At BU School of Music, research matters!

As artist-educators, we actively engage the world of the mind as we approach and create new pieces of art, as we curate historical and contemporary compositions, as we teach and model pedagogy, and as we produce fresh and innovative scholarship.

Our research productivity underscores that we are creative thinkers—we are involved in cutting-edge publications, we produce award-winning recordings, we concertize on the world’s leading stages, we edit top-tier journals, we compose works for great artists, and we are leaders in our academic disciplines.

Our students are prepared to launch into this world of ideas with their research, whether a dissertation, a thesis, a recital, a capstone project, paper, composition, or teaching observations.

In the School of Music, we believe that music is a process of engagement in which we invest as thinkers, makers, and doers. For us, research matters simply because… music matters!

Research Centers

Boston University School of Music is home to three major research centers. These specialized areas conduct research related to specific areas of music, contribute to the academic discourse on these topics, and host events and conferences.

Center for Beethoven Research

Center for Early Music

Center for New Music

The Impact of Our Research

Fineberg Berlin

Fineberg, New Music, and Berlin

“Berlin is a crucial place for my cross-genre artistic work. Many of my current and future projects have a strong Berlin focus,” explains Joshua Fineberg, Professor and Director of BU Center of New Music and Brain City Ambassador.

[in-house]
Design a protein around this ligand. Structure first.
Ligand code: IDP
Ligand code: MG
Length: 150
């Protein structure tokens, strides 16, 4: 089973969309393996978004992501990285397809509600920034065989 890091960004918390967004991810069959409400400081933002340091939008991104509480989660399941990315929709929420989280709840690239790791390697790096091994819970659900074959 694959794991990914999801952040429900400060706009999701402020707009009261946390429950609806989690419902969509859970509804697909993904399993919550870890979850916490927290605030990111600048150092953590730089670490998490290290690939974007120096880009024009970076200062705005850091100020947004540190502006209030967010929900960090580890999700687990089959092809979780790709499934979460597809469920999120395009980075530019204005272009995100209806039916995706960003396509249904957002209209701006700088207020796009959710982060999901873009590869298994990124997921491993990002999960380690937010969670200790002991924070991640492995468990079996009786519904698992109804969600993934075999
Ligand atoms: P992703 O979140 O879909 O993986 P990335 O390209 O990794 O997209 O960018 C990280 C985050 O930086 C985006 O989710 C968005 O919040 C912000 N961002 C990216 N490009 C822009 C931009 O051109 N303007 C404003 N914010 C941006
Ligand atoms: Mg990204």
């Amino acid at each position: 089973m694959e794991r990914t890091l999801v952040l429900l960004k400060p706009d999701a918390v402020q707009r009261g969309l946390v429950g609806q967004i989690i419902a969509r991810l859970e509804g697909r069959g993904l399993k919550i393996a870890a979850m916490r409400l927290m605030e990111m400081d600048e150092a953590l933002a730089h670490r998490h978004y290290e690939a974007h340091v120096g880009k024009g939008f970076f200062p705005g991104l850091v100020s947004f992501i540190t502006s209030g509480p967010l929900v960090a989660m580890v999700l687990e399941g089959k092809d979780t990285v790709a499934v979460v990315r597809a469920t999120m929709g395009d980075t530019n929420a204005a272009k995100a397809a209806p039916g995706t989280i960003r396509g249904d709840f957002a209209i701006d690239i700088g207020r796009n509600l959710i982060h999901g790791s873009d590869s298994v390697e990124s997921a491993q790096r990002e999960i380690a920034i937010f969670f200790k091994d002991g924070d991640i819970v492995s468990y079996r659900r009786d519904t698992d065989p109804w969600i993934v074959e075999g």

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Performance Anxiety Strategies

The music education research of Karin S. Hendricks, Associate Professor, and Tawnya D. Smith, Assistant Professor, guides approaches to the most current solutions and therapies for anxiety, as well as educational applications, for both individual and classroom use.

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Rites, Rights and Rhythms

Winner of the 2020 Ruth Stone Book Prize from the Society for Ethnomusicology, Assoc. Prof. Michael Birenbaum Quintero’s Rites, Rights and Rhythms: A Genealogy of Musical Meaning in Colombia’s Black Pacific, examines the feedback, interference, and overlap between different experiences of currulao music.

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Expanding Drum Kit Studies

Despite their central role in many forms of music-making, drummers have been largely neglected in the scholarly literature on music and education. Assistant Professor Gareth Dylan Smith widens the field of drum kit study with publications and the International Drum Kit Studies Conference.

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